What's in a Word? Etymology!
The Book of Mormon teaches that scriptural records are important for two reasons: to preserve the words of prophets and to preserve the language of our ancestors. Preserving the language of the scriptures is one way to pass down the truths of the gospel from generation to generation:
And behold, it is wisdom in God that we should obtain these records, that we may preserve unto our children the language of our fathers; and also that we may preserve unto them the words which have been spoken by the mouth of all the holy prophets, which have been delivered unto them by the Spirit and power of God, since the world began, even down unto this present time. (1 Nephi 3:19–20)
One way to gain insights in scripture study is to look up the semantic origins of key words in the text. Although “we cannot ascribe anything like ‘fixed’ meanings to words,”1 studying entries in a good dictionary or electronic concordance can illuminate the range and history of a word’s senses. Searching out the etymology of a word is somewhat akin to seeking out the genealogy of an ancestor:
Etymology, we are doing it,
And the truth we gain, when we’re doing it,
is very plain to see.
We gain insights from many words we read;
we learn philology.
It’s a record of our language,
just like a family tree.
Words still living now and their ancient roots
have senses we can glean,
And sometimes we learn gospel insights when
we study what words mean.
All things testify of the love of Christ
when we search faithfully.
It’s the language of our fathers,
a scripture treasury.2
The term etymology, which derives from Greek, refers to the “true” origin, or root meaning, of a word. Because language always changes, the word root (etymon) develops new meanings as people over time use the word in new forms (reflexes). Different forms of the same root can show up in various languages as cognates (related forms). Like a family history, a word history can link us to the thoughts and feelings of people who lived in the past.
In order to follow the etymological roots of words in present-day English and in the 19th-century-English translation of the Book of Mormon, it helps to look at the direct-line ancestry of English as proposed by historical linguists. Philologists call this pedigree the orthogenetic line of a language. Some scholars have estimated dates and reconstructed ancestor languages for earlier periods of English; however, these dates may or may not correspond exactly to biblical events and timetables. In the table that follows, the boldfaced words represent the direct-line ancestors of English in the language families indicated. We cannot trace the history of English words back to the Adamic language because we do not have written records from earlier time periods to attest the connection between ancient languages that emerged from the Proto-World period. However, some scholars have reconstructed the roots of words in English and other languages back to their Indo-European origins using the scientific principles of the comparative method. Harvard professor Calvert Watkins provides many of these IE roots in his appendix to the 3rd edition of the American Heritage Dictionary.3 He lists the IE roots and the related words derived from them that came into contemporary English from Old English, Latin, Greek, Old Norse, and other languages.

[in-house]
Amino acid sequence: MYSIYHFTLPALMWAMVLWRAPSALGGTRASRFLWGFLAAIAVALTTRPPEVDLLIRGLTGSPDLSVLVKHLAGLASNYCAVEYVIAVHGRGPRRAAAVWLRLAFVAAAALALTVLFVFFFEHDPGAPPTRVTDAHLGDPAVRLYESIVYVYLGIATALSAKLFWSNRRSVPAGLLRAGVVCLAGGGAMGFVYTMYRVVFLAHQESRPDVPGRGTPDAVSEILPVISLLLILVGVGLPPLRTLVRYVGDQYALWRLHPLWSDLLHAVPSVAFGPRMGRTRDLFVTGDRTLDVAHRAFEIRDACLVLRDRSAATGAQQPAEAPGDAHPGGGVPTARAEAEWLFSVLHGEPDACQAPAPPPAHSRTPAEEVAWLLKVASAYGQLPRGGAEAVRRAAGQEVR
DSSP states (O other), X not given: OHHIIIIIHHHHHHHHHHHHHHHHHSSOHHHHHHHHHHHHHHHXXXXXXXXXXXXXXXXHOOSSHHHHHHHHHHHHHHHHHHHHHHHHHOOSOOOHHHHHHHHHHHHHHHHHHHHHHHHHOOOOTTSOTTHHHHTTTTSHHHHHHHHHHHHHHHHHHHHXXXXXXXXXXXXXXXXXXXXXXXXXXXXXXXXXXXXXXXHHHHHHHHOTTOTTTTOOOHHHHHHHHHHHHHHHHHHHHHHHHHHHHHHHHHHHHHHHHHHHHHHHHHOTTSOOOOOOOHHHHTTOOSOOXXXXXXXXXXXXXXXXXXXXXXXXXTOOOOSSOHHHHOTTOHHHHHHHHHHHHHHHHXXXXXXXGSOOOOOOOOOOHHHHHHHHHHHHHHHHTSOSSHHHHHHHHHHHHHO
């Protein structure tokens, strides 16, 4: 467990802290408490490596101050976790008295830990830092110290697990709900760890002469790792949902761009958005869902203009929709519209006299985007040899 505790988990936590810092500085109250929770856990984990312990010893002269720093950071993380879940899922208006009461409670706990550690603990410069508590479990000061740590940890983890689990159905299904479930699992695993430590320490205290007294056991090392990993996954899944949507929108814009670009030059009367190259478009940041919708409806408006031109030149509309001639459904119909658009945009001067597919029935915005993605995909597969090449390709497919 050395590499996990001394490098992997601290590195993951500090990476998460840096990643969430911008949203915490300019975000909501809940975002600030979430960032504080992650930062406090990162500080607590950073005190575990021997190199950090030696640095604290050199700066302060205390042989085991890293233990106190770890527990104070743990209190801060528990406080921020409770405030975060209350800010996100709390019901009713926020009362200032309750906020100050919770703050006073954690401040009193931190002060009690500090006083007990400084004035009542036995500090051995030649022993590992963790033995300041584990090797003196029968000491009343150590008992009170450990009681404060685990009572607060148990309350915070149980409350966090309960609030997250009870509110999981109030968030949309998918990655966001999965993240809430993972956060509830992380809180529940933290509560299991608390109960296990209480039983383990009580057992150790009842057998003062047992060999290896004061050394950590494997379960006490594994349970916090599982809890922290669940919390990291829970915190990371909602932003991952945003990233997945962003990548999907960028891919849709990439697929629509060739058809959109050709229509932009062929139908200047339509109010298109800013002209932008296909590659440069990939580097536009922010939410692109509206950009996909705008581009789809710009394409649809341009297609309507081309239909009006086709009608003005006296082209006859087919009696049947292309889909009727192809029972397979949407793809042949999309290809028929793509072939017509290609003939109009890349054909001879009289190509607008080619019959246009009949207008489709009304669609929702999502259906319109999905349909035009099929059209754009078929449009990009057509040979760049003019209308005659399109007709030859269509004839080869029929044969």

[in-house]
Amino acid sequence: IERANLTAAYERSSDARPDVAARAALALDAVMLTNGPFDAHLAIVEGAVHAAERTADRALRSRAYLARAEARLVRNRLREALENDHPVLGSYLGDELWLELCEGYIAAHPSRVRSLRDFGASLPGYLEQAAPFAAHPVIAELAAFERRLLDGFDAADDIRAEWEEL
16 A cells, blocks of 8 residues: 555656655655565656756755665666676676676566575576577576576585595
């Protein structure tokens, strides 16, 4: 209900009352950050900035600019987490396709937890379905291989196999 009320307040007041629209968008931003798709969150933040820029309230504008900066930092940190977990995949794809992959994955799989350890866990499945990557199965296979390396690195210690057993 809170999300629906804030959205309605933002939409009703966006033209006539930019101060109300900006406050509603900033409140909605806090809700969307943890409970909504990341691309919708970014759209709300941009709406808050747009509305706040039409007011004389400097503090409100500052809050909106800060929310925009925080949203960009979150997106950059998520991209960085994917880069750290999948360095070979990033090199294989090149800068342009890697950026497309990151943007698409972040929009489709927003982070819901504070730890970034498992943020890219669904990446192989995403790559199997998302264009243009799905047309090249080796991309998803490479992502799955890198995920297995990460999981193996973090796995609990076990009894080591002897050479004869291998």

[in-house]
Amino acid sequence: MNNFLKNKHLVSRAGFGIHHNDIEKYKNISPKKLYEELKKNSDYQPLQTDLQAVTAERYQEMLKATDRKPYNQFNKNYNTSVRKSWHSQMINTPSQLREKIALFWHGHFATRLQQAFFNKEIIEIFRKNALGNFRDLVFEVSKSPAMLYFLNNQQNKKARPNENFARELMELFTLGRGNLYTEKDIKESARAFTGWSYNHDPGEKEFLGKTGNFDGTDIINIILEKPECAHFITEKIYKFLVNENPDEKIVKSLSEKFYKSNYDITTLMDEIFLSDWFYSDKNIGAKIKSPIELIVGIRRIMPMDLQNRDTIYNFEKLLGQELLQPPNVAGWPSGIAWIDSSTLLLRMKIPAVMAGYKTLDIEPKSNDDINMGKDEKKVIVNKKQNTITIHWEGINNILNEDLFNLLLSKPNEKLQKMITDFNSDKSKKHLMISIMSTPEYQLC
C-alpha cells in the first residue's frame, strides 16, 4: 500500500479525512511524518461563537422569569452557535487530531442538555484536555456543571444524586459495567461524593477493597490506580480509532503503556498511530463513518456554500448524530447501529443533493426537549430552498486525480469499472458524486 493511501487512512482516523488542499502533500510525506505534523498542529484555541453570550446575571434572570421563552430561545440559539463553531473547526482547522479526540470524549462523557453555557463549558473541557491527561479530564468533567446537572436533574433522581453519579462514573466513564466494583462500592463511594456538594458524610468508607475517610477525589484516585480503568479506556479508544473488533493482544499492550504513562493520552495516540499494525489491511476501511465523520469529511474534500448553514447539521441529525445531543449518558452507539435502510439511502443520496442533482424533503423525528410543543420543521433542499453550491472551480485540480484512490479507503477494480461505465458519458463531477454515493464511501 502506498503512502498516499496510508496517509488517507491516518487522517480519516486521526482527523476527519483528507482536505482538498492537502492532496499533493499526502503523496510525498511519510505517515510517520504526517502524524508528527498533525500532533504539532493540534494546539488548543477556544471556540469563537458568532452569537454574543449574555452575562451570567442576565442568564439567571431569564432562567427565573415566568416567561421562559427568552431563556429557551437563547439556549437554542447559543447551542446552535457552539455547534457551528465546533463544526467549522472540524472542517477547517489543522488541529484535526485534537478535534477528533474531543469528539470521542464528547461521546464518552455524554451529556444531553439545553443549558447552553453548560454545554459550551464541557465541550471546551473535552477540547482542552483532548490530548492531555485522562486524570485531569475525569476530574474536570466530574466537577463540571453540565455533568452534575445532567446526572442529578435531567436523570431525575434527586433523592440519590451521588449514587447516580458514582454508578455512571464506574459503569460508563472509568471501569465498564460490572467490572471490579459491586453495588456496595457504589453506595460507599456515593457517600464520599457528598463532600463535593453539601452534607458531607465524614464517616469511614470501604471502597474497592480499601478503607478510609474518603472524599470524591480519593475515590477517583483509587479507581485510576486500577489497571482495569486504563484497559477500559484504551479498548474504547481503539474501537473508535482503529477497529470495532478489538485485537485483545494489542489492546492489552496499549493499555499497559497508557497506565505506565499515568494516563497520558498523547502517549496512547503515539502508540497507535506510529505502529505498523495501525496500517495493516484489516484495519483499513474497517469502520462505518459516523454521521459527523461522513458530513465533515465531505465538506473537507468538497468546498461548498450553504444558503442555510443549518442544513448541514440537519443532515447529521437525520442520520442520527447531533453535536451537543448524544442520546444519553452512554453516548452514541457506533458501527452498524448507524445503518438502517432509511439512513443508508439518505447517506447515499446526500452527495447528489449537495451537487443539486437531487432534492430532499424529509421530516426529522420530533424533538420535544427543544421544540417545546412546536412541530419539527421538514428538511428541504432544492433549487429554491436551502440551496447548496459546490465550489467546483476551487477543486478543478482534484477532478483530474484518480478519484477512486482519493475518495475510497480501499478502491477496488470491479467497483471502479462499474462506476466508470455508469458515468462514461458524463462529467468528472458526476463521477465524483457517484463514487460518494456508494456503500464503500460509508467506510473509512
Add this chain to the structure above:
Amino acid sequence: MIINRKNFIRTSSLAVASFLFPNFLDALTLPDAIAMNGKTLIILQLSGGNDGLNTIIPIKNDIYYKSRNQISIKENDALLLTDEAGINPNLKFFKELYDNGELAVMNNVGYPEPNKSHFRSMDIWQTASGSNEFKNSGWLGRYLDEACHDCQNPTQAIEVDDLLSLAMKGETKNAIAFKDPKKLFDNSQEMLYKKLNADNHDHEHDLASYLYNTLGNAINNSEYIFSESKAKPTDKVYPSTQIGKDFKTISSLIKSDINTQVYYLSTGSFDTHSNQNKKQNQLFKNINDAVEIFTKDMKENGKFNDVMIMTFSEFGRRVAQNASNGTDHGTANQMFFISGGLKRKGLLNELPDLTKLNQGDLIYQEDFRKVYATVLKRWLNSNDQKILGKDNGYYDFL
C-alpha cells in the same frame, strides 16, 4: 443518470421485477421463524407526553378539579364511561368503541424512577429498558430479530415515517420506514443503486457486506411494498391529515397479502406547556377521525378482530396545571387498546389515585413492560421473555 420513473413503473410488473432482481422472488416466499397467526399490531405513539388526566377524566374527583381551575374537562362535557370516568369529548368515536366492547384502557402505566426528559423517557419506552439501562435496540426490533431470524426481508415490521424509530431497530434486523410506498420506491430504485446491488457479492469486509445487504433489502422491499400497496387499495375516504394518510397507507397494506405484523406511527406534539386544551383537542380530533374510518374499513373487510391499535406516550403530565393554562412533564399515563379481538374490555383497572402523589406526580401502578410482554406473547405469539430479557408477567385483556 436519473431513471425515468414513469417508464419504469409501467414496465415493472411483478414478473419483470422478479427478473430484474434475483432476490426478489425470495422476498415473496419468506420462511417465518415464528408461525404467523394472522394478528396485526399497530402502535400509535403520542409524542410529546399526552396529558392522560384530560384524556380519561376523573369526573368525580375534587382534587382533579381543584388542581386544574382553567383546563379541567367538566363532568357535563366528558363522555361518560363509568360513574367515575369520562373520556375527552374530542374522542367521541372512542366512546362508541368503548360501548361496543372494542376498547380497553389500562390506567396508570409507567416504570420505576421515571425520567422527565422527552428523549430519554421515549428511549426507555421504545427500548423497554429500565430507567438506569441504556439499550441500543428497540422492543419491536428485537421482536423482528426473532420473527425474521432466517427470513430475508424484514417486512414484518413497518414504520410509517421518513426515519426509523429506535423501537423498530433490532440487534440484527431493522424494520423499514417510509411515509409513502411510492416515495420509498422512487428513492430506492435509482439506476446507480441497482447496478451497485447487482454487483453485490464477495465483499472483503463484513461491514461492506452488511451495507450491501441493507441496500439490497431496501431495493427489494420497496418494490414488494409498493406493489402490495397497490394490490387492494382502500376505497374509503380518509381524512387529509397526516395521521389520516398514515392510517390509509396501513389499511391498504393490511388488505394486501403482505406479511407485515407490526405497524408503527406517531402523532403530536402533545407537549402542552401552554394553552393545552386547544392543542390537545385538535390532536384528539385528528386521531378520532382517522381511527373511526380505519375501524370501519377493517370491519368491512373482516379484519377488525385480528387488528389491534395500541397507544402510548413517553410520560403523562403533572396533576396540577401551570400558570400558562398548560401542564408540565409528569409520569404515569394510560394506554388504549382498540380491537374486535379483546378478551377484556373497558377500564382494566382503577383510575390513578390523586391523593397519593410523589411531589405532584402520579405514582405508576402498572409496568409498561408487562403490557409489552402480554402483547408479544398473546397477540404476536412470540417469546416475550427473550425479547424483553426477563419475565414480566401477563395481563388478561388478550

|Time Period||Language Period||Language Developments or Influences|
|Unknown||Proto-World? (Eden)||Divine gift, genetic endowment, the language of Adam and Eve (Adamic)|
|Unknown||Diluvian? (Noah’ s Flood)||The language of Noah through Ham, Shem, and Japheth: Hamitic, Semitic, Japhetic|
|Unknown||Nostratic? (Tower of Babel)||Afro-Asiatic, Altaic, Chukchi, Dravidian, Eskimo-Aleut, Indo-European, Uralic, Sumerian, etc.|
|ca. 5000–2500 b.c.||Indo-European||Germanic, Celtic, Italic, Hellenic, Balto-Slavic, Indo-Iranian, Anatolian, Armenian, Albanian, Tocharian|
|ca. 100 b.c.||Germanic (Teutonic)||North Germanic (Scandinavian), East Germanic (Gothic), West Germanic with Celtic, Latin, and Slavic influences|
|ca. AD 100||West Germanic||Angles, Jutes, Saxons, Frisians, etc.|
|ca. AD 500||Old English (Anglo-Saxon)||Beginning of English, with Latin and Old Norse (North Germanic) influences|
|ca. AD 1100||Middle English||with French influences|
|ca. AD 1500||Early Modern English||with Italian, Latin, Greek influences|
|ca. AD 1800||19th-Century English||with American influences|
|ca. AD 1900||New English||with many influences|
To apply an etymological method to the scriptures, we can begin by identifying key words in a passage. The English word heart is a very important lexical item in 3 Nephi 25:5–6 (see also Malachi 4:5-6):
Behold, I will send you Elijah the prophet before the coming of the great and dreadful day of the Lord; and he shall turn the heart of the fathers to the children, and the heart of the children to their fathers, lest I come and smite the earth with a curse.
Then we can look up the transliterated Hebrew forms and meaning of heart using the electronic concordance included in The Scriptures: CD-ROM Resource Edition 1.0, available at distribution centers of the Church of Jesus Christ of Latter-day Saints. The transliterated form of heart in Malachi 4:6 is le bh-, which has the following meanings and connotations as paraphrased from Strong’s concordance, a tool in the concordance program: “the heart; the most interior organ; also used figuratively for the feelings, the will and even the intellect; likewise for the center of anything.”4 The Hebrew idea of le bh- as a center for emotion, desire, and intelligence is parallel to the Oxford English Dictionary5 entry for the English word heart: “the seat of feeling, understanding, and thought”; “MIND, in the widest sense, including the functions of feeling, volition, and intellect” (definition 5a).